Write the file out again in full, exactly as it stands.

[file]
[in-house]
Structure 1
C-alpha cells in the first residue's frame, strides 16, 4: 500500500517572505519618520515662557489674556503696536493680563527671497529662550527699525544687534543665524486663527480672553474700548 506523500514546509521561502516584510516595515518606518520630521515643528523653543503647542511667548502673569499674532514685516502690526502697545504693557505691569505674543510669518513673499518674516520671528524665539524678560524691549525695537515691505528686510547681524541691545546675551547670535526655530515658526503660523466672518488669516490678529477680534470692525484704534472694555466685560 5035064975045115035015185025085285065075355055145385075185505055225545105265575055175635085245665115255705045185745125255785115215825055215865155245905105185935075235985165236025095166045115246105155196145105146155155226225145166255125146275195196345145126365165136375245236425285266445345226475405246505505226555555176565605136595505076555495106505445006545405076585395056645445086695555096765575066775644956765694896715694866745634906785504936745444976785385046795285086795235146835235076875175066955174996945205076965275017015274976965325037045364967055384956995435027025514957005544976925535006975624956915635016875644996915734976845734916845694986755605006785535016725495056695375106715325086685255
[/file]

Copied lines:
[in-house]
Structure 1
C-alpha cells in the first residue's frame, strides 16, 4: 500500500517572505519618520515662557489674556503696536493680563527671497529662550527699525544687534543665524486663527480672553474700548 506523500514546509521561502516584510516595515518606518520630521515643528523653543503647542511667548502673569499674532514685516502690526502697545504693557505691569505674543510669518513673499518674516520671528524665539524678560524691549525695537515691505528686510547681524541691545546675551547670535526655530515658526503660523466672518488669516490678529477680534470692525484704534472694555466685560 5035064975045115035015185025085285065075355055145385075185505055225545105265575055175635085245665115255705045185745125255785115215825055215865155245905105185935075235985165236025095166045115246105155196145105146155155226225145166255125146275195196345145126365165136375245236425285266445345226475405246505505226555555176565605136595505076555495106505445006545405076585395056645445086695555096765575066775644956765694896715694866745634906785504936745444976785385046795285086795235146835235076875175066955174996945205076965275017015274976965325037045364967055384956995435027025514957005544976925535006975624956915635016875644996915734976845734916845694986755605006785535016725495056695375106715325086685255